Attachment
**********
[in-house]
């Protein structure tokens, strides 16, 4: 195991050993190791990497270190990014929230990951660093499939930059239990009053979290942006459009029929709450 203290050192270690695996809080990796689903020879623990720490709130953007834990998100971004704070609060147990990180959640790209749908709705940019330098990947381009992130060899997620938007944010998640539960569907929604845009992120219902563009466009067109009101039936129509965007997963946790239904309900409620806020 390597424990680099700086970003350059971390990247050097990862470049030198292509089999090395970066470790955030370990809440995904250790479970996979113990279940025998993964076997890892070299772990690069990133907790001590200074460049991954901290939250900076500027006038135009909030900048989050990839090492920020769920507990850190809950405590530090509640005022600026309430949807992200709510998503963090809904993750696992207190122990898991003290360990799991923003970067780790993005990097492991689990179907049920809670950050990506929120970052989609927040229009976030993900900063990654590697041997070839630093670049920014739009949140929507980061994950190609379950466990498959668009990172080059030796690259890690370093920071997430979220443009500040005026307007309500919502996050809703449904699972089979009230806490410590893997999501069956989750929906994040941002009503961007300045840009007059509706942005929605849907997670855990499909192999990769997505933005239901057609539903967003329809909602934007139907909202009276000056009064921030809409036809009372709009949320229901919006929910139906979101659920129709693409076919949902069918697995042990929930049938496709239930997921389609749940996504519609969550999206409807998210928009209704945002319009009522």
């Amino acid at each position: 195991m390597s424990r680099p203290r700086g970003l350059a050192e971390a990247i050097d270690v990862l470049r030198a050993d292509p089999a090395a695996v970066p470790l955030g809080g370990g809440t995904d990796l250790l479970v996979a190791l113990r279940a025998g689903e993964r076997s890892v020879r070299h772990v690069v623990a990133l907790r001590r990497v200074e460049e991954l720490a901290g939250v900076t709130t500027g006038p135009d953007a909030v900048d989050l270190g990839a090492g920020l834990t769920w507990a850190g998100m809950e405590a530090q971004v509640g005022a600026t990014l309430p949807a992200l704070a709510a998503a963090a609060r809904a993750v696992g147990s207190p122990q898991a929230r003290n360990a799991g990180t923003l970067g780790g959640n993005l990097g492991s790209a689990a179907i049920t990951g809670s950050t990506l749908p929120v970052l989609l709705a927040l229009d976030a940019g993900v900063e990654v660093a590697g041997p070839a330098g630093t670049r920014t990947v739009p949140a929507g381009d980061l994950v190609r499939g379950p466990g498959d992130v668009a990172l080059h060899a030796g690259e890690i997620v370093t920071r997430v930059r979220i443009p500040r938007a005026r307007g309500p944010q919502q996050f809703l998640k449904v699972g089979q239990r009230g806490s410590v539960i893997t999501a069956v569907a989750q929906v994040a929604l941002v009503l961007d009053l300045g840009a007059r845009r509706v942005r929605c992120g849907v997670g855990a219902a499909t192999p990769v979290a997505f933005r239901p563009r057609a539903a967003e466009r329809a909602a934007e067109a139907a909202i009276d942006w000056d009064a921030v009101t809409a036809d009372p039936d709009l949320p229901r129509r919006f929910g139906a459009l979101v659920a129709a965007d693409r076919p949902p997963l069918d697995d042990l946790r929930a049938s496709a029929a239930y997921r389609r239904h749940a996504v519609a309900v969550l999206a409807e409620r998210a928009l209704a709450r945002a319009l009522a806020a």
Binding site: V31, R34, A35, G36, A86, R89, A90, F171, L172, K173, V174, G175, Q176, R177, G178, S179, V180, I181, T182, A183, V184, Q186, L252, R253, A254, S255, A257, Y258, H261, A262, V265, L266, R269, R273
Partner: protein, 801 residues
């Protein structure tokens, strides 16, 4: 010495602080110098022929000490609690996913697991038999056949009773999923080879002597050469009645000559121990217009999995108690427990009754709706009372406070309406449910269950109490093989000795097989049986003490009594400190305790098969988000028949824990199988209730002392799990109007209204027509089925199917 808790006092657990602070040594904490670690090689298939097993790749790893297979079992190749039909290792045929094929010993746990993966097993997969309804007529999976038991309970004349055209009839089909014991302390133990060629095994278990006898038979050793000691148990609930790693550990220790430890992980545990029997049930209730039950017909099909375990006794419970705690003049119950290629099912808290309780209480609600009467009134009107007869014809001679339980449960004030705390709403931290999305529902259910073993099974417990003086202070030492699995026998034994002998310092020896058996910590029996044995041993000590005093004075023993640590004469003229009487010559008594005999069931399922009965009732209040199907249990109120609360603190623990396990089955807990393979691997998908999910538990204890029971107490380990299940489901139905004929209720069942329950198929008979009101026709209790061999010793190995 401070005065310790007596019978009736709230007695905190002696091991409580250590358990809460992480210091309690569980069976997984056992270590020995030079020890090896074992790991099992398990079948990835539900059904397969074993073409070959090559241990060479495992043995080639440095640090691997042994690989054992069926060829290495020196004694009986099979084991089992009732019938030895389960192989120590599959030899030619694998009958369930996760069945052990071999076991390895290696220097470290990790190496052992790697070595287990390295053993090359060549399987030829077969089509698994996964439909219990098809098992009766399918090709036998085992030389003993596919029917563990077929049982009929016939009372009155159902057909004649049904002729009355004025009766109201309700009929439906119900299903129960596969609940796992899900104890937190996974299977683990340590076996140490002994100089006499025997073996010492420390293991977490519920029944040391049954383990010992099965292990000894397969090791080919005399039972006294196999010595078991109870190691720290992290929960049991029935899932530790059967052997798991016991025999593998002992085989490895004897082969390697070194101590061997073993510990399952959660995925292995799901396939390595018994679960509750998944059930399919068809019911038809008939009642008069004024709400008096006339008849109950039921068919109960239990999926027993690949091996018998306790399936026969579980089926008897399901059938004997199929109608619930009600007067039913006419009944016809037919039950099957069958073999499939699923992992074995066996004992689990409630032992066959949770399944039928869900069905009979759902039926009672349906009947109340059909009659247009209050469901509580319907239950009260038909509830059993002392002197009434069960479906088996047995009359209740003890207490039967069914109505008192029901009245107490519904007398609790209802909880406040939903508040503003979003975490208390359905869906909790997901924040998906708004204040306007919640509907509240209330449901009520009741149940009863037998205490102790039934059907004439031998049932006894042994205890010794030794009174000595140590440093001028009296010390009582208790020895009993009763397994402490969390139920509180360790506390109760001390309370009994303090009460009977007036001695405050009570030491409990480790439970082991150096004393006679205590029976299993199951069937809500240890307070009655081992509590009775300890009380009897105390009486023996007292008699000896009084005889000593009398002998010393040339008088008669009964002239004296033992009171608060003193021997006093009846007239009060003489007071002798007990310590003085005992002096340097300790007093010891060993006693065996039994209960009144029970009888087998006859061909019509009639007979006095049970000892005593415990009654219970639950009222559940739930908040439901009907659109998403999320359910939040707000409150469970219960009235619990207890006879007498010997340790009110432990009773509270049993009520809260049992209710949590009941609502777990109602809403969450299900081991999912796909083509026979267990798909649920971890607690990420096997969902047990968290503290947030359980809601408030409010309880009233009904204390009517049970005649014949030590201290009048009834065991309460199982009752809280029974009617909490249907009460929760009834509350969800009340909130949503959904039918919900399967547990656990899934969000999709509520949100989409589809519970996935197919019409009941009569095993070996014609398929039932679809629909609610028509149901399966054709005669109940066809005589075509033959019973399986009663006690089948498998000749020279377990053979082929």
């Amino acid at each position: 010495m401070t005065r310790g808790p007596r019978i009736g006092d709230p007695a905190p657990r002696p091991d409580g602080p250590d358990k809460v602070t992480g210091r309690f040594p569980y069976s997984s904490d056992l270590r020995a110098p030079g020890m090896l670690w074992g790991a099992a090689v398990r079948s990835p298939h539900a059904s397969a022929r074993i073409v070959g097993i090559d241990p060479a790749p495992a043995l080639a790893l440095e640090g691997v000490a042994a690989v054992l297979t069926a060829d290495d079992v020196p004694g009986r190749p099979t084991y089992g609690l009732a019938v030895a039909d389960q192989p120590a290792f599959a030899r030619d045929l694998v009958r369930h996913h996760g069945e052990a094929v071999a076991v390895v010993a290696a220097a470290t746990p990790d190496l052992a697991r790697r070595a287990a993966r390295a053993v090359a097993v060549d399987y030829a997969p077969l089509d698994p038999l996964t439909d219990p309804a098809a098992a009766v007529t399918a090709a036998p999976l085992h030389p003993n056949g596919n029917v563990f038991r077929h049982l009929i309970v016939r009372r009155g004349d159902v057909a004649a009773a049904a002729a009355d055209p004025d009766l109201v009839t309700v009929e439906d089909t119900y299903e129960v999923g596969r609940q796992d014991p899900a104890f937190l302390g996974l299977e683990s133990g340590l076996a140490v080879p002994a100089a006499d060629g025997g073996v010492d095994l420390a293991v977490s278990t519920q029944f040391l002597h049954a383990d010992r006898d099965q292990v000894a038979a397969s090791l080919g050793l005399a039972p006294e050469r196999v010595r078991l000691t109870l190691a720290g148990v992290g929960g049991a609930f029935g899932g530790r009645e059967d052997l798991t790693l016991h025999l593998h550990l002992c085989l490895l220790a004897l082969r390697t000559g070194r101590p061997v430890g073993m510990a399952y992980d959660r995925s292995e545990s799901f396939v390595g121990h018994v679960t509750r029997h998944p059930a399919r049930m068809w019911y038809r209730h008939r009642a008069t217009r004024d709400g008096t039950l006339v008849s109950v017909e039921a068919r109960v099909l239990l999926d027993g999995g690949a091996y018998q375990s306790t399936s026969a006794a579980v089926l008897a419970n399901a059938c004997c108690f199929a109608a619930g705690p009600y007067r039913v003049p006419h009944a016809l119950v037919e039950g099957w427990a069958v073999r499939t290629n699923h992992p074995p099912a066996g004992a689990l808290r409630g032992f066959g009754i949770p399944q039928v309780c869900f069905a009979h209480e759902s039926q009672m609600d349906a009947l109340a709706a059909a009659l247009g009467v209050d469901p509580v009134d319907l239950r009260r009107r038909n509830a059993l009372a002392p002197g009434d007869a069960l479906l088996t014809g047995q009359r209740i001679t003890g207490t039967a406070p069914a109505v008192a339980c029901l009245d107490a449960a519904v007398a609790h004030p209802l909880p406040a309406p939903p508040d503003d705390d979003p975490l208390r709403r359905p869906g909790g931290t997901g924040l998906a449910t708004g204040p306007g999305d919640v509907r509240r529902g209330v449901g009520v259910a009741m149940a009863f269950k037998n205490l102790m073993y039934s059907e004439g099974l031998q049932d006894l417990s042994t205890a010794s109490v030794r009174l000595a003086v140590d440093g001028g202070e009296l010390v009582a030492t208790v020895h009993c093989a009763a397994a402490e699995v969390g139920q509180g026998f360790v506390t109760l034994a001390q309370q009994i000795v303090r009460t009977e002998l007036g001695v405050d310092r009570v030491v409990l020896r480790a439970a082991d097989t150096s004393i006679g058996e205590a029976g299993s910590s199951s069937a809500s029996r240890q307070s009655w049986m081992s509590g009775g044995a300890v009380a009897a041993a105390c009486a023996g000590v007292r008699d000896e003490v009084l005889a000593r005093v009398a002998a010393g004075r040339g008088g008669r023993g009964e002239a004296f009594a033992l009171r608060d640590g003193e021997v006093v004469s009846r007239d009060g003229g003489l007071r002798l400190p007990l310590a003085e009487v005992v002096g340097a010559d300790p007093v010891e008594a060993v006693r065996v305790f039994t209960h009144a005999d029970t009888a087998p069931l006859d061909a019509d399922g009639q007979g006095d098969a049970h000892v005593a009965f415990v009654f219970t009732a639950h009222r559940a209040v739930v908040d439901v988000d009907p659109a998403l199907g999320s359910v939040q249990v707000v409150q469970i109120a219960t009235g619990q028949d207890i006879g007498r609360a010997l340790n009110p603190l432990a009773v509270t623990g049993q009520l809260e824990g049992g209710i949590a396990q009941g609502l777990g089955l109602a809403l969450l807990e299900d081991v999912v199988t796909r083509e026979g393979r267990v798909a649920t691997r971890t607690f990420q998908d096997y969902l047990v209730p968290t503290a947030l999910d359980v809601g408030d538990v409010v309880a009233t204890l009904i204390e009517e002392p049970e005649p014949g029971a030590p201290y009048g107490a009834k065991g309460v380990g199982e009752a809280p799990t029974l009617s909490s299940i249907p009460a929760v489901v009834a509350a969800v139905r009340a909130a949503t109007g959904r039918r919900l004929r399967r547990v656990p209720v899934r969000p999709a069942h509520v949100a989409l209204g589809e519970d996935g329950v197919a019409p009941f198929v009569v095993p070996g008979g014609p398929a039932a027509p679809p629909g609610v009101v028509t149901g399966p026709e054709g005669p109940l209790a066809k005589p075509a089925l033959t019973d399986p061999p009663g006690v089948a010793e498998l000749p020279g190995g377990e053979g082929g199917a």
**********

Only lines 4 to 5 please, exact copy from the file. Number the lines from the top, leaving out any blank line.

Binding site: V31, R34, A35, G36, A86, R89, A90, F171, L172, K173, V174, G175, Q176, R177, G178, S179, V180, I181, T182, A183, V184, Q186, L252, R253, A254, S255, A257, Y258, H261, A262, V265, L266, R269, R273
Partner: protein, 801 residues